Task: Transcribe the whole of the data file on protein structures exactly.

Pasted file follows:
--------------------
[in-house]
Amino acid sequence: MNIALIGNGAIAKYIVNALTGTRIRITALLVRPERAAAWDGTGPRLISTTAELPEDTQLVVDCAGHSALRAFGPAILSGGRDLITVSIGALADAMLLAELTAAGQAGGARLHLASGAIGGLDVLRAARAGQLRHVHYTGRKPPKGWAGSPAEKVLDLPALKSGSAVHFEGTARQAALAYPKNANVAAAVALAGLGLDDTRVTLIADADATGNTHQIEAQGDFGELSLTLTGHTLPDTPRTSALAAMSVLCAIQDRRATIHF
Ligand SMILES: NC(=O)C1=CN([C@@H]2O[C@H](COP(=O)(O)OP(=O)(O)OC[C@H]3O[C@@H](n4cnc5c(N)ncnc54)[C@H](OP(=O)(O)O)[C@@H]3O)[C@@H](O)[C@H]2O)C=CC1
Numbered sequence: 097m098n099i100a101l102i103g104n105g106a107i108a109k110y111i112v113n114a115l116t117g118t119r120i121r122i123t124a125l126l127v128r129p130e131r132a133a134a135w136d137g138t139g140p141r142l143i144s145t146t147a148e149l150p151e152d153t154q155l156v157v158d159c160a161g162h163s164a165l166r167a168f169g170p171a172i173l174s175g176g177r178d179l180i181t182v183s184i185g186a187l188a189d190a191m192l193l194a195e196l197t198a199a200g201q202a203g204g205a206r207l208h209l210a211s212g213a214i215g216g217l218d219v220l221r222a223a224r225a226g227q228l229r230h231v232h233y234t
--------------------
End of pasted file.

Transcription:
[in-house]
Amino acid sequence: MNIALIGNGAIAKYIVNALTGTRIRITALLVRPERAAAWDGTGPRLISTTAELPEDTQLVVDCAGHSALRAFGPAILSGGRDLITVSIGALADAMLLAELTAAGQAGGARLHLASGAIGGLDVLRAARAGQLRHVHYTGRKPPKGWAGSPAEKVLDLPALKSGSAVHFEGTARQAALAYPKNANVAAAVALAGLGLDDTRVTLIADADATGNTHQIEAQGDFGELSLTLTGHTLPDTPRTSALAAMSVLCAIQDRRATIHF
Ligand SMILES: NC(=O)C1=CN([C@@H]2O[C@H](COP(=O)(O)OP(=O)(O)OC[C@H]3O[C@@H](n4cnc5c(N)ncnc54)[C@H](OP(=O)(O)O)[C@@H]3O)[C@@H](O)[C@H]2O)C=CC1
Numbered sequence: 097m098n099i100a101l102i103g104n105g106a107i108a109k110y111i112v113n114a115l116t117g118t119r120i121r122i123t124a125l126l127v128r129p130e131r132a133a134a135w136d137g138t139g140p141r142l143i144s145t146t147a148e149l150p151e152d153t154q155l156v157v158d159c160a161g162h163s164a165l166r167a168f169g170p171a172i173l174s175g176g177r178d179l180i181t182v183s184i185g186a187l188a189d190a191m192l193l194a195e196l197t198a199a200g201q202a203g204g205a206r207l208h209l210a211s212g213a214i215g216g217l218d219v220l221r222a223a224r225a226g227q228l229r230h231v232h233y234t